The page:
Since the delay elements in the compensation circuit 25 of FIG. 3 are manufactured simultaneously with those of the delay lines 13 and 15, and are preferably located on the chip in close proximity, they will exhibit substantially the same characteristics.

In a preferred embodiment of the present invention the coarse delay element 29 is an RC based delay well known in the art driven by an inverter, and has a delay of about 0.8 ns. The fine delay element 31 consists of 32 fine steps, each of the form shown in FIG. 2, each step being about 25 ps.

In the main delay line of FIG. 3, preferably four fine delay elements are used to form a fine delay line 15 of +/−64 fine steps, each element being implemented using binary weighted capacitor based RC delay elements. Without the compensation circuit, during switching, one fine delay element or 32 fine steps are substituted by a coarse delay element.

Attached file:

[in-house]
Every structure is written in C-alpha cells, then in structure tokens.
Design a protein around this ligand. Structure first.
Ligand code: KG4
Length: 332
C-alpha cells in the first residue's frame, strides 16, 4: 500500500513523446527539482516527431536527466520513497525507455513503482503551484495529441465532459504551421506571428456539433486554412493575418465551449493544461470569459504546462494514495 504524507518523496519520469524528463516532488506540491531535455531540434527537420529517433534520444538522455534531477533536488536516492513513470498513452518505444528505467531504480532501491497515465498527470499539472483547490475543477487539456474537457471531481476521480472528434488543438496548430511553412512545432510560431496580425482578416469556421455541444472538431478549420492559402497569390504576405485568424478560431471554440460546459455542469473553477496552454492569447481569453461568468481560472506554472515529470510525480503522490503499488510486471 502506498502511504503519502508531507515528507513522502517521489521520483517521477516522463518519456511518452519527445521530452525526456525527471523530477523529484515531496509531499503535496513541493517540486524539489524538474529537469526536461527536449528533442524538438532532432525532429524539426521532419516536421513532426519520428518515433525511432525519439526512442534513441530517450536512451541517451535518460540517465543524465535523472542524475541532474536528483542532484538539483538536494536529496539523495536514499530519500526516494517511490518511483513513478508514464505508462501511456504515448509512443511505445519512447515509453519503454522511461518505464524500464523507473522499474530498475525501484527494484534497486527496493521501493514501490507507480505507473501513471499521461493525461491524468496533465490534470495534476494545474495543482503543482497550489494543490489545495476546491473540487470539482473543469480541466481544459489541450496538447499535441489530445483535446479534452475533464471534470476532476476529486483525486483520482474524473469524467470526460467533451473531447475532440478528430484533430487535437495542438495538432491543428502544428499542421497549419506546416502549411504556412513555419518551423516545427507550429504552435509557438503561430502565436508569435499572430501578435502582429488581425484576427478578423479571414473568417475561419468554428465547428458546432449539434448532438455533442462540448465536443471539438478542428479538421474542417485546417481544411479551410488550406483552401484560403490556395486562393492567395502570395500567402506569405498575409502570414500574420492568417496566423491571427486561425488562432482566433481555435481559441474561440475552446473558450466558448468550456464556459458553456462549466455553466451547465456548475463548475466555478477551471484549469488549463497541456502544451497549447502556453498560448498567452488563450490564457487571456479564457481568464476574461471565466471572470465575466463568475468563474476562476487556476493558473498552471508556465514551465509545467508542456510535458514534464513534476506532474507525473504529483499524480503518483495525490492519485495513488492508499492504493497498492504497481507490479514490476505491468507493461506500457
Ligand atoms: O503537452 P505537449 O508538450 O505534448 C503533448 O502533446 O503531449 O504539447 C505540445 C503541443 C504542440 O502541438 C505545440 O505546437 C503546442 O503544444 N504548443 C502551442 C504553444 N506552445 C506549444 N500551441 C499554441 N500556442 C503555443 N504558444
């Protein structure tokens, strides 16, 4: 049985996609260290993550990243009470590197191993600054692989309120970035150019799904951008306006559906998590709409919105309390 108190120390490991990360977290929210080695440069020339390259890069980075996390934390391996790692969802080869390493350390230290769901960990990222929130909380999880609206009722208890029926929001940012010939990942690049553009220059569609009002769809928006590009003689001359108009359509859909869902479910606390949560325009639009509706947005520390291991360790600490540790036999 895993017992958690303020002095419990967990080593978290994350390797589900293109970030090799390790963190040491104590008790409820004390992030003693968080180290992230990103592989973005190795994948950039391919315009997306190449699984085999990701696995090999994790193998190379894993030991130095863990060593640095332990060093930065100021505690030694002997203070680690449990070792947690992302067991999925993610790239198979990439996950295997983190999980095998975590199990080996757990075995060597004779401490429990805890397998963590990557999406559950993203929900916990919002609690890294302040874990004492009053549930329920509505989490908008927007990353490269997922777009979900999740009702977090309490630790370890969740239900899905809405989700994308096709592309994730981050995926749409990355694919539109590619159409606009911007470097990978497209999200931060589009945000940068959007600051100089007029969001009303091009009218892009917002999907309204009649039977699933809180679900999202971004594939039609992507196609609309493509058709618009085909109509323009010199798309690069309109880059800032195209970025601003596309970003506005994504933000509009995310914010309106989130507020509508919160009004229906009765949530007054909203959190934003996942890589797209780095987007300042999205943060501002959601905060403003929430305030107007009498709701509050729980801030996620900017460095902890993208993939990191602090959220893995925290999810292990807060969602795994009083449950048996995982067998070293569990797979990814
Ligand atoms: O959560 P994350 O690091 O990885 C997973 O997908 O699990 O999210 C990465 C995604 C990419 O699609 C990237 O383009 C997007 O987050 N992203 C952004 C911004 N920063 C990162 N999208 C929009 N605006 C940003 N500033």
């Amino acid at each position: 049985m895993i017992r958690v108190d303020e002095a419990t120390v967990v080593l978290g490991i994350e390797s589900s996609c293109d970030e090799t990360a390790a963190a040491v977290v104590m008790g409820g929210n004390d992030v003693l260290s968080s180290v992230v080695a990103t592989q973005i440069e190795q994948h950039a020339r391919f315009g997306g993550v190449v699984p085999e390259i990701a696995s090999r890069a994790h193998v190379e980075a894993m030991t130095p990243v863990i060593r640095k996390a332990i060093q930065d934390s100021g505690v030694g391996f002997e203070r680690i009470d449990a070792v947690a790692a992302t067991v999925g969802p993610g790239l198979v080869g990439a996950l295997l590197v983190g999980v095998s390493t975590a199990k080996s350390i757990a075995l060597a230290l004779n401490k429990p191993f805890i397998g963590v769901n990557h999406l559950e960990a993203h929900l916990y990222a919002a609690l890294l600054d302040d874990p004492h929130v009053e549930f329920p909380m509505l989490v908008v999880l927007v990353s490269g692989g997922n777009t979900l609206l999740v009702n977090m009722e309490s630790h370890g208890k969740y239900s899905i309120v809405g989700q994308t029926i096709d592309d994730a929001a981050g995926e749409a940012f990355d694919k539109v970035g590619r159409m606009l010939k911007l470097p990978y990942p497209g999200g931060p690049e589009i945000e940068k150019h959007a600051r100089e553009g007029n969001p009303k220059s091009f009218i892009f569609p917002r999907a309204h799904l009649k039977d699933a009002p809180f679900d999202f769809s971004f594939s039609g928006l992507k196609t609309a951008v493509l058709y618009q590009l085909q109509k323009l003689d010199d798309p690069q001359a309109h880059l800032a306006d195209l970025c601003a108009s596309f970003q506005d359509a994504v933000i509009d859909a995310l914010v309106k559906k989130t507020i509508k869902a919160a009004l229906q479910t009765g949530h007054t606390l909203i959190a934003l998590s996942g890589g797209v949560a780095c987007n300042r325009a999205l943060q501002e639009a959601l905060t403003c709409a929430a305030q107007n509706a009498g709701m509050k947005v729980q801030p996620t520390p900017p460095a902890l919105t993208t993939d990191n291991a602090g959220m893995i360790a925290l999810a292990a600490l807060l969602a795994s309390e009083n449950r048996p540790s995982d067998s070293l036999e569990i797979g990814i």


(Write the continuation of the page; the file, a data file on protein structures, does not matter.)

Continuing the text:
The phase detector 33 samples the system CLK or delayed CLK (DIV_CLK) at the rising edge of CLK or DIV_CLK (the output of the coarse delay path 29) and indicates by its output up and down signals whether the DIV_CLK is early or late with respect to REF_CLK. The phase detector can be any implementation of a meta-stable hardened rising edge triggered D flip-flop.

The CNTR 35 is preferably a 6 bit up/down binary counter, which is reset to half of its value,i.e. 32 steps. The counter is clocked from the input clock DIV_CLK and counts up or down depending on the output of the phase detector.

FIG. 5 illustrates a preferred form of the invention, in which two of the aforenoted fine delay elements FDE1 and FDE2 (elements 31A and 31B) are shown serially connected. The elements are selected by means of a thermometer decoder 37 driven by the output of counter 35.